Despite the great recession of 2007, U.S. growth VC investment nearly doubled from 2006 to 2016, with an 81 percent increase in nominal terms. This overall steep upward trend was marked by two peaks, one in 2011 of $25.6 billion, and one in 2015 at over $41.4 billion. Totals for 2017 appear poised to approach or match 2015 levels.10 The number of rounds also averaged 3,000 per year between 2006 and 2016, and both deals and total number of rounds showed a moderate-to-strong growth trend during that period.
Houston's Growth Venture Capital
From the late 1990s through the mid2000s, Houston appears to have followed the national trends, albeit on a reduced scale (Figure 3). For the last decade, though, Houston deviated substantially from the national pattern. While venture capital investment across the country is growing back to year 2000 levels, Houston has flatlined.
In 2006, Houston’s total venture capital investment was $83 million. By 2016, there was just $72 million in VC investment; Houston ended the last decade with 13 percent less VC investment than when it started. Moreover, these investment amounts are in nominal dollars. In 2016 dollars, Houston’s venture investment fell from $100 million to $72 million—a 28 percent decrease.11
Figure 2 — U.S. National Growth Venture Capital
Houston’s venture capital investment shows a great degree of volatility, with promising peaks followed by dramatic falls. This is a trend commonly seen in nascent ecosystems that have not achieved a critical mass of startup companies.12 Houston recorded an overall high of $192.7 million in VC investment for 2008, followed by a 46 percent decline the next year to $103.2 million. While this decrease could be partly attributed to the 2007 global financial crisis, the drop in national investment is much more muted.13 Further, Houston demonstrated the same pattern in 2011, with a peak of $168.6 million followed by a 52 percent decrease in 2012 to $81.5 million.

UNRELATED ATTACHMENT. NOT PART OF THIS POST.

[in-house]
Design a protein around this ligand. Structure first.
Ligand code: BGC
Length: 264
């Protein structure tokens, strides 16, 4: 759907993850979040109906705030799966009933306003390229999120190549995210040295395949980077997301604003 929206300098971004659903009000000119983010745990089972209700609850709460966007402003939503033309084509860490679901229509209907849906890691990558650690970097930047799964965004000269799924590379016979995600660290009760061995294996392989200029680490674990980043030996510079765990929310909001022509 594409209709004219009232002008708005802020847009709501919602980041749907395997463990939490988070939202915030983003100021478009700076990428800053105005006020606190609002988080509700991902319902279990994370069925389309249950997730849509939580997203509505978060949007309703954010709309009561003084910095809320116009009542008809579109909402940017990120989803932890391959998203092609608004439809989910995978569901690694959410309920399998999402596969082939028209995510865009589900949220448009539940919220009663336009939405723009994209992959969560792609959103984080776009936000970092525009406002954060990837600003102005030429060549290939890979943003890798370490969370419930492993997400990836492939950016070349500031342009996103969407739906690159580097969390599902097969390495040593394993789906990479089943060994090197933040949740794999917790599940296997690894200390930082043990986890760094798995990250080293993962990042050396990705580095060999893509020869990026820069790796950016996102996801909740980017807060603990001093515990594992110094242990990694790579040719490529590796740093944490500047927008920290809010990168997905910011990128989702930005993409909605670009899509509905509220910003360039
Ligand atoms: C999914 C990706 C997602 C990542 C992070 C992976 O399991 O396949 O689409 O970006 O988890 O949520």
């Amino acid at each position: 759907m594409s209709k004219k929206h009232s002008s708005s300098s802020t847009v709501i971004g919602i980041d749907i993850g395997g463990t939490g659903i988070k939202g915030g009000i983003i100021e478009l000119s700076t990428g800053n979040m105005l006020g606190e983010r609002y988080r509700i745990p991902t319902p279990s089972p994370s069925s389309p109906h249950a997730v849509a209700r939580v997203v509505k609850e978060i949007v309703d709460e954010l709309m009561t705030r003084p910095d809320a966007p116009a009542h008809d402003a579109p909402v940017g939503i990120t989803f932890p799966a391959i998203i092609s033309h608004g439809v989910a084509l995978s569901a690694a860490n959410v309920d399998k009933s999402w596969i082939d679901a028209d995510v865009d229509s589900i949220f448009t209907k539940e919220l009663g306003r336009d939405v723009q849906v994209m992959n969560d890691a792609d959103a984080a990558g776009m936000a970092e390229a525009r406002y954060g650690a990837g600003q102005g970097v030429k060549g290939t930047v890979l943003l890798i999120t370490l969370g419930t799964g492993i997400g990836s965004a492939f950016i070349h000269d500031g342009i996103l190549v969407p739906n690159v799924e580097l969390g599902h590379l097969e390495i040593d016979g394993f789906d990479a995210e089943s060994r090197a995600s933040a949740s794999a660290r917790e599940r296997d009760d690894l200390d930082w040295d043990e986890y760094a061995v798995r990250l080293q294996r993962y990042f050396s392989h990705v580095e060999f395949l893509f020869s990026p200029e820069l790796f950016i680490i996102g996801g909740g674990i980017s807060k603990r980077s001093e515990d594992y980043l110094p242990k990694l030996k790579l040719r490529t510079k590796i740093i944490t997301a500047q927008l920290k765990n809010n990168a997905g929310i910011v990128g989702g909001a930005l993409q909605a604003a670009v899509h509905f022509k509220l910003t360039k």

Figure 3 — Houston Growth Venture Capital
Houston’s venture capital investment in 2016 was around half the amount invested in 2013 and 2014. It would be tempting to attribute this to the collapse of oil prices in late 2014,14 as Houston’s economy is heavily focused on oil and gas, but HGHT startups are seldom in the oil and gas sector.15
Shut Out of the Future?
Overall, Houston’s trajectory in venture capital dollars invested is best described as flat or a weak inverted U. The city’s trend in new deals and rounds is similar, ranging between four and eight per year.
Houston ranked 39th in The Top 100 U.S Startup Cities for 2016 Report,16 down from 21st in 2006. Much of this drop comes from the rise of other cities, so Houston’s fall is a relative one. But Houston is still the only former top 25 city to have less venture capital investment today than it did a decade ago.17 With less than 1 percent of U.S. venture capital now flowing into Houston—the fourth-largest U.S. city by population and sixth-largest metro area by GDP—and with HGHT firms driving U.S. economic growth and prosperity,18 Houston risks being shut out of America’s future innovative economy.
National Transactional Venture Capital